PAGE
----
James McPherson's Media & Politics Blog

Observations of a patriotic progressive historian, media critic & former journalist


  • By the author of The Conservative Resurgence and the Press: The Media’s Role in the Rise of the Right and of Journalism at the End of the American Century, 1965-Present. A former journalist with a Ph.D. in journalism, history and political science, McPherson is a past president of the American Journalism Historians Association and a board member for the Northwest Alliance for Responsible Media.

  • Archives

  • June 2021
    S M T W T F S
     12345
    6789101112
    13141516171819
    20212223242526
    27282930  
  • Categories

  • Subscribe

Posts Tagged ‘Republicans’

Pressure now on McCain, GOP

Posted by James McPherson on August 29, 2008

It appears that, as expected, John McCain will announce his running mate today in an effort to decrease Barack Obama’s post-convention bounce in the polls. Republicans should hope, of course, that voters don’t make one interesting coincidental connection–the fact that the Bush administration and McCain have made an art of releasing bad news on Fridays so as to draw as little attention as possible.

We don’t yet know what Obama’s convention bounce will be (I expect 8-12 percent over where he was when the convention started), and as I’ve stated previously, the polls don’t mean a lot at this point, anyway. Nor do we know what impact McCain’s choice for VP might have. One fascinating note for me: Fox News is noting this morning (though Drudge disagrees) that Sarah Palin might be the pick–which would mean both McCain and Obama made the selections I said they should (though I doubt either of them was reading my blog for advice).

It does seem that Obama and other key Democrats–Hillary and Bill Clinton, Ted Kennedy and Michelle Obama in particular–did what they wanted to do in their convention, and that last night Obama gave a speech worthy of the grand venue chosen for it. That puts more pressure on McCain and his party to do well this week at their own convention, assuming the weather and events cooperate.

Incidentally, one respondent has suggested that because I noted that Tropical Storm Gustov may put a dent in the Republicans’ ability to get their message out, I actually was hoping for a hurricane. That contention is both ludicrous and insulting, of course. Unlike Pat Robertson and a few other assorted nuts, I don’t believe God uses hundreds or thousands of weather-related deaths to punish sinners (remember the Noah’s Ark rainbow story from Sunday School?), and no rational person would wish for a natural disaster under any circumstances.

Analyzing the media and politics is what I do in my real job, not just as a blog hobby. But suggesting that what I predict MAY happen is an expression of my own desire makes little sense. After all, you may recall that I predicted that Obama, Hillary Clinton and McCain would all be leading presidential candidates even before any of them announced their intent to run–even though none of the three were among my two favorite candidates. I predicted years ago that George W. Bush would be a disaster as president, though for the sake of my country and its people I hoped otherwise. I predicted that Bush and a gutless Congress would take us to war in Iraq and that the war would last for years, though I opposed the war from the outset.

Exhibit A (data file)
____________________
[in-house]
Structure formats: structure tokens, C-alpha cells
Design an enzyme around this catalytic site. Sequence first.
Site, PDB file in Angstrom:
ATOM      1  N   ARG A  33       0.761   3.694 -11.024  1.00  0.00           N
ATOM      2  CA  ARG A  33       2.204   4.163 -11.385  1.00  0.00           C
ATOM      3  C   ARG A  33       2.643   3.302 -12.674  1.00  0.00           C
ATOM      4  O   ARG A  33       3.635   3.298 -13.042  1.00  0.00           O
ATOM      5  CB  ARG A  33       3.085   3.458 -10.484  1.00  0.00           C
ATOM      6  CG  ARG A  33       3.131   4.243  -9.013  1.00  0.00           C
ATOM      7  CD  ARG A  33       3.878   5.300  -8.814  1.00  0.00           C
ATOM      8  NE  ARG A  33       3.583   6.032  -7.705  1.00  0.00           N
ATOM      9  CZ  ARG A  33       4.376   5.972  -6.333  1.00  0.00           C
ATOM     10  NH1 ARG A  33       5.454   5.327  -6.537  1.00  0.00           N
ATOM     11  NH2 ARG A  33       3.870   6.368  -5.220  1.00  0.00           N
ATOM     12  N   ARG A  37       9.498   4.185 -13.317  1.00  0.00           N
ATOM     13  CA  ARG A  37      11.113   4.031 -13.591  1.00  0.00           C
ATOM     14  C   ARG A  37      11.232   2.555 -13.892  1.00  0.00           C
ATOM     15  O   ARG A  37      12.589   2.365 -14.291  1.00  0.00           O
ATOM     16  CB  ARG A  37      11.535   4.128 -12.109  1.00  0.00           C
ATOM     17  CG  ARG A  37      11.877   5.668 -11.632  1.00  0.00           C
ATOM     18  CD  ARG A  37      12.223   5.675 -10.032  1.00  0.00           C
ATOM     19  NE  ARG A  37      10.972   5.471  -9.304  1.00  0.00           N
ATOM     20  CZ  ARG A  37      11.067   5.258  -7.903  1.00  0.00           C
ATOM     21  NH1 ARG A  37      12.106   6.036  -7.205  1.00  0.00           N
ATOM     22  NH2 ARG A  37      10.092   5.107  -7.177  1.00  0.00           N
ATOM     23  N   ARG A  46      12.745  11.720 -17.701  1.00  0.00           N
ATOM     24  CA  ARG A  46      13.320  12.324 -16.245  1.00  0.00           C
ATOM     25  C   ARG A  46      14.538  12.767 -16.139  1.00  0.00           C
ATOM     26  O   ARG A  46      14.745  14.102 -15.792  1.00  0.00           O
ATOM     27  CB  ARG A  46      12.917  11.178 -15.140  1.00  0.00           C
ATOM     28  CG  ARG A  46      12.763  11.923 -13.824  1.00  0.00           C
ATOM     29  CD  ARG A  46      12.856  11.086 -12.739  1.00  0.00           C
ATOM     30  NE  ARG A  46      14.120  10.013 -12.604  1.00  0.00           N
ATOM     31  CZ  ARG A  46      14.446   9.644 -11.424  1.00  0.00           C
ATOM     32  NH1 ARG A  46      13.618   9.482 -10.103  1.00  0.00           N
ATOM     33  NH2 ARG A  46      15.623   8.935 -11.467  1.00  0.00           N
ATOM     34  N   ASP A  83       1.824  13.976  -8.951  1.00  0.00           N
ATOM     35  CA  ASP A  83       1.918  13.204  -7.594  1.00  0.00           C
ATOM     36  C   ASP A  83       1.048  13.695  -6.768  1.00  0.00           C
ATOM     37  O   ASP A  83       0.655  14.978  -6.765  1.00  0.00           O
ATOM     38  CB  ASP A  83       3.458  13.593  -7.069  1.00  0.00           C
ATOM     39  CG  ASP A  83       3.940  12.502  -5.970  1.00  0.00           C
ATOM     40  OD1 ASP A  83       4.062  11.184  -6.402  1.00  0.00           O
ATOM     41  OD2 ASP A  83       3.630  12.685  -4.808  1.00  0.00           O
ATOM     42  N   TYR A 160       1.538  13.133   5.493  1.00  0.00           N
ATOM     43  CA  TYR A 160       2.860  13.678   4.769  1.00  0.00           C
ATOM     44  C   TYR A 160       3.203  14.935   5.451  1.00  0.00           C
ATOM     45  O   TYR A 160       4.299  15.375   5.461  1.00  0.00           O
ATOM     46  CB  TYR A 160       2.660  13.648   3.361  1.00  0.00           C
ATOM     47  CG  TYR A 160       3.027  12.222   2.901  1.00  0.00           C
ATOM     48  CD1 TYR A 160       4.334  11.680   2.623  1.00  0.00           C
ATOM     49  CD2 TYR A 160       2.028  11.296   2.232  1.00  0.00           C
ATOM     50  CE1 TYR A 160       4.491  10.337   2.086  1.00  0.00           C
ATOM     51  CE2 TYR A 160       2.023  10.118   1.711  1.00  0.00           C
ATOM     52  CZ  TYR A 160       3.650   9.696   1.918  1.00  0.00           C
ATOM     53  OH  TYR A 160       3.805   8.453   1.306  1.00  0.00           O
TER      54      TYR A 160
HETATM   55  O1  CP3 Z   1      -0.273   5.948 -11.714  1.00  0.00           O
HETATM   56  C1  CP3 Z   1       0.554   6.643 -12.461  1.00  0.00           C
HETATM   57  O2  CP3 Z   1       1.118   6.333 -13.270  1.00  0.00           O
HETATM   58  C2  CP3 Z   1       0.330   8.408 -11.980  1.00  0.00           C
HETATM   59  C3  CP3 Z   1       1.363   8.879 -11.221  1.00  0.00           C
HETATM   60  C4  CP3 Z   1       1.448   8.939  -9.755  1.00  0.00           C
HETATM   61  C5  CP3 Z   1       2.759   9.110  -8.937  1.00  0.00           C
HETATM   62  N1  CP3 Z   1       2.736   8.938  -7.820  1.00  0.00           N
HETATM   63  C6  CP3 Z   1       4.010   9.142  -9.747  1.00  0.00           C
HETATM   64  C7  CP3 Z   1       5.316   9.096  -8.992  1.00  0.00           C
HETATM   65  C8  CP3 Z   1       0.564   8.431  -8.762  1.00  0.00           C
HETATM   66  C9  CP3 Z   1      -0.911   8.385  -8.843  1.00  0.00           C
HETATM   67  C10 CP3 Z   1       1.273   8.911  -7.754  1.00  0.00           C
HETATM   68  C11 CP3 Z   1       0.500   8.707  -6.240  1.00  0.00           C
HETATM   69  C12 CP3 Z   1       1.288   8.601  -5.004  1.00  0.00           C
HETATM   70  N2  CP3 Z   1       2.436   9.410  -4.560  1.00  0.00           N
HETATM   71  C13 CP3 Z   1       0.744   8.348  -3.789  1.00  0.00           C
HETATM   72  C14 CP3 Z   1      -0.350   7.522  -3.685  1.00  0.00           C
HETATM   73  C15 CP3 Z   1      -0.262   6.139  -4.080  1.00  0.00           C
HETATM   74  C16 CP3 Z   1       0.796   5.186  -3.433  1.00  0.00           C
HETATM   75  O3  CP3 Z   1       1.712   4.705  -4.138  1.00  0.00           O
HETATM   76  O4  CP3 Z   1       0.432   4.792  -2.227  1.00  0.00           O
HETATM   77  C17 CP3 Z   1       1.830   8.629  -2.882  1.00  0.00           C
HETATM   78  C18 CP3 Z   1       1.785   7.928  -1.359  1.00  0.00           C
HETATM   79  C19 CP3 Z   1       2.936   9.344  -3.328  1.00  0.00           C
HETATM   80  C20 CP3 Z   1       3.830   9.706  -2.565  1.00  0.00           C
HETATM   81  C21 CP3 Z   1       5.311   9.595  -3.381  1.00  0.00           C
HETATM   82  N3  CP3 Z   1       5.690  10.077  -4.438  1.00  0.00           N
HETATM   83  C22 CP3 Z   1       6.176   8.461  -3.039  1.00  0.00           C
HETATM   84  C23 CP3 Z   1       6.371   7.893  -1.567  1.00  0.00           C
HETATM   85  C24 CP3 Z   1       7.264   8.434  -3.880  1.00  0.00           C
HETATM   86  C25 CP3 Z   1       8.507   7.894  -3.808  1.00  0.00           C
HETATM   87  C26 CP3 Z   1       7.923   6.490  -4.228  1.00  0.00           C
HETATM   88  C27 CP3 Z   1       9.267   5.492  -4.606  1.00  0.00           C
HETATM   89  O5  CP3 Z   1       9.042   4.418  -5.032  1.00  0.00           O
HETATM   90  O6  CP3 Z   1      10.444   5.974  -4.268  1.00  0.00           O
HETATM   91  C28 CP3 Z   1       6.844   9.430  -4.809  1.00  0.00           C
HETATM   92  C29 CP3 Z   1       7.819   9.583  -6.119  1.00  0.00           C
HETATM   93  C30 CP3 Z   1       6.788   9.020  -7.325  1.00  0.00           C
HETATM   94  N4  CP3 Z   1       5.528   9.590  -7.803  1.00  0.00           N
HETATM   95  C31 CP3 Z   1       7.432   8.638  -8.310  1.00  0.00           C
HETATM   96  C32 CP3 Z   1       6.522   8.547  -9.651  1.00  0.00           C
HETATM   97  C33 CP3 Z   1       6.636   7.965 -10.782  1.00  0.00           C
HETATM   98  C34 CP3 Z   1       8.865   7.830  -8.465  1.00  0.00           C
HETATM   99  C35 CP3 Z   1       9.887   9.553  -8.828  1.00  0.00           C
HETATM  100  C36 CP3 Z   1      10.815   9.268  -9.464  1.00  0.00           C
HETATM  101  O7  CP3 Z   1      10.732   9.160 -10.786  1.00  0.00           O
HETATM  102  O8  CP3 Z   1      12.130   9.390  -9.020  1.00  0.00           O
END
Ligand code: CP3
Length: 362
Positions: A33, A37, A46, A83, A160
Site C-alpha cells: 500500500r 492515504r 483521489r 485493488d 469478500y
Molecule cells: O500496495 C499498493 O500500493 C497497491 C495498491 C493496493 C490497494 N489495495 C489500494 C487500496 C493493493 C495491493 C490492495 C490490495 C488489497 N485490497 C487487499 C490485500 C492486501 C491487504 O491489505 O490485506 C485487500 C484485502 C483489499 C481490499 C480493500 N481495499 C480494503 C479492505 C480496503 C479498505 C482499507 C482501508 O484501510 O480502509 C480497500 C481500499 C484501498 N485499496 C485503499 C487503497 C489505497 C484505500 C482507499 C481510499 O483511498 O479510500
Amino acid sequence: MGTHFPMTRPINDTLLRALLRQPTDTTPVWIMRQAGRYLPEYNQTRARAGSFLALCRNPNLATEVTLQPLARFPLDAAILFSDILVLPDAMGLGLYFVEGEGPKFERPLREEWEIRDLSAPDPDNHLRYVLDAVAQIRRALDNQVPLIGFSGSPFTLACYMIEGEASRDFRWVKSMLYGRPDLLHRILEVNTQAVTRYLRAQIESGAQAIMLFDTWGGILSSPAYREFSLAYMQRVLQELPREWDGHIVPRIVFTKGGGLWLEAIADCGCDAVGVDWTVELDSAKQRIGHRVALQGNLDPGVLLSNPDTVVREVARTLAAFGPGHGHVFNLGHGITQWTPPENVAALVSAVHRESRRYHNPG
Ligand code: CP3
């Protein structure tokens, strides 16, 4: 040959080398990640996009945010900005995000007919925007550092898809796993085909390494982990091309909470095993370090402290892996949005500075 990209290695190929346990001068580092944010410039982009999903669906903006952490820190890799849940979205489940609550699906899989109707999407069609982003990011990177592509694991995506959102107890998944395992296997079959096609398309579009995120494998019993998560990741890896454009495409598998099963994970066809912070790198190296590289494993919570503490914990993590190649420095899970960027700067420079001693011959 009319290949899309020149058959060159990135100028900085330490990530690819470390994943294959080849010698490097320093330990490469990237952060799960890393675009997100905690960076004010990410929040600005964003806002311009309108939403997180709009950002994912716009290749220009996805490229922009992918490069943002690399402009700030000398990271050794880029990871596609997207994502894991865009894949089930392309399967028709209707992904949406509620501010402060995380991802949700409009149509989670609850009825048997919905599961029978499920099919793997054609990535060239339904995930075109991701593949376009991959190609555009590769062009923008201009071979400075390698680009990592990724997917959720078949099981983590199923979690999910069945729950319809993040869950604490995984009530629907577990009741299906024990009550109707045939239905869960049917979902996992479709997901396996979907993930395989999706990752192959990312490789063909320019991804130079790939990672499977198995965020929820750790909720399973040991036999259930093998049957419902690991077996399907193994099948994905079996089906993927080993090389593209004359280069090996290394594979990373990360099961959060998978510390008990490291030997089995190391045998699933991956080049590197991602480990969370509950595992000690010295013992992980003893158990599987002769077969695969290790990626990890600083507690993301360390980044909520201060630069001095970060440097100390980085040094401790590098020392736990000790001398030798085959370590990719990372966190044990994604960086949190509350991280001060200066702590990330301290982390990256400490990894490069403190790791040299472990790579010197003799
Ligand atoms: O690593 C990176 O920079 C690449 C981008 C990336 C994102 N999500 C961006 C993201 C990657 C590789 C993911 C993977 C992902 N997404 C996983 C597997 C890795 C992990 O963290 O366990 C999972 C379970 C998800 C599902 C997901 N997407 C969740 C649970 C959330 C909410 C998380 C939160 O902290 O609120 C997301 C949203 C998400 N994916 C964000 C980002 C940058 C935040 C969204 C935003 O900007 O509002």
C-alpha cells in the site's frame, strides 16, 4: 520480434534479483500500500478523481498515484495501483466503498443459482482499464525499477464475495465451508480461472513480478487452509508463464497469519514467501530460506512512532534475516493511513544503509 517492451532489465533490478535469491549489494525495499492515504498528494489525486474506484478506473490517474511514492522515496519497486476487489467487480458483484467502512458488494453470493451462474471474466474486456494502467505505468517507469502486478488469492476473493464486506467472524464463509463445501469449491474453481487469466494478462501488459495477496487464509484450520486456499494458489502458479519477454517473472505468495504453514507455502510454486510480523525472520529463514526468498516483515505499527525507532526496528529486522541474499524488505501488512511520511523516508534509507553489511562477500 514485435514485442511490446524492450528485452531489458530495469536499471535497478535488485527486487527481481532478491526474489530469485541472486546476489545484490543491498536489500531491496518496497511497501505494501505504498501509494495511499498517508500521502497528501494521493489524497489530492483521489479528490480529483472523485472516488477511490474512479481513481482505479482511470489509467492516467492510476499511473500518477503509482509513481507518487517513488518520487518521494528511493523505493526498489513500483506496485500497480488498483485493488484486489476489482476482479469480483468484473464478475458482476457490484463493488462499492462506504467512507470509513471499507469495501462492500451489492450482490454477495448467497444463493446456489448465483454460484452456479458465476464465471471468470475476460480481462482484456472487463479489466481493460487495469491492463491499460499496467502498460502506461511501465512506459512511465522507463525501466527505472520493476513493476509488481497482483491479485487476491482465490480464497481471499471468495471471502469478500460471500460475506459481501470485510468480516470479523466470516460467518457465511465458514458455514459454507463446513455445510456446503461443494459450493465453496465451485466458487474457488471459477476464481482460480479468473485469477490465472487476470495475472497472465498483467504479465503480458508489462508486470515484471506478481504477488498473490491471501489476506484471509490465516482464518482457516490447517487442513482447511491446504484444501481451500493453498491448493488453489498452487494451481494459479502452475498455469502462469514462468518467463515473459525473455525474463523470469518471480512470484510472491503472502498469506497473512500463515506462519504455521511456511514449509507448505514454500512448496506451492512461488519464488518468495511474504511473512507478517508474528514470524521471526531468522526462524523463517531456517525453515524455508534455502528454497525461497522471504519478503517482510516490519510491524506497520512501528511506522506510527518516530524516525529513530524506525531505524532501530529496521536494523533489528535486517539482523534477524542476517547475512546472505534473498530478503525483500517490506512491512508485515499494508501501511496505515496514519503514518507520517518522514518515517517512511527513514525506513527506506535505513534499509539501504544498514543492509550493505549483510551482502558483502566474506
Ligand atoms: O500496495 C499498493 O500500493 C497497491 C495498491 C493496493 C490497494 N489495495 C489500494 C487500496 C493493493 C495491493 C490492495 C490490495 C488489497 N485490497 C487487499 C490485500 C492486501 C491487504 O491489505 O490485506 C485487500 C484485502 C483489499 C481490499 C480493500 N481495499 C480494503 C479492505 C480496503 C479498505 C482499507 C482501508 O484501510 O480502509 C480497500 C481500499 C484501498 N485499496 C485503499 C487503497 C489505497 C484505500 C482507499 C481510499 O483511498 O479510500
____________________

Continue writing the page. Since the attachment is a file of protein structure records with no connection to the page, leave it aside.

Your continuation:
Besides, I hope the GOP convention goes off without a hitch and that the Republicans get their message out. As I hope I’ve made clear elsewhere in this blog, I think we need as much information as possible–even (and maybe especially) from sources with which we generally disagree–to make the choices necessary for meaningful self-government.

By the way, speaking of my real job, today I’m off on a day-long retreat and next week I go back to teaching four classes, advising a student newspaper, and participating in various committee roles and other activities. I’ve also promised to complete a book chapter within the next couple of weeks, and am organizing a January study program taking a dozen students to New York and Washington, D.C.

The point isn’t to garner sympathy (though I’ll take it), but to note that, though I’ve tried to post entries here at least four days a week throughout the summer, my frequency likely will decrease during the school year. Of course, there are a multitude of good sources in the links at the right side of this page to keep you busy on days I don’t happen to post.

Thanks for reading, and for any comments you feel moved to make. And have a great weekend.

Posted in History, Journalism, Personal, Politics, Religion | Tagged: , , , , , , , , , , , , , , , , , , , , | 8 Comments »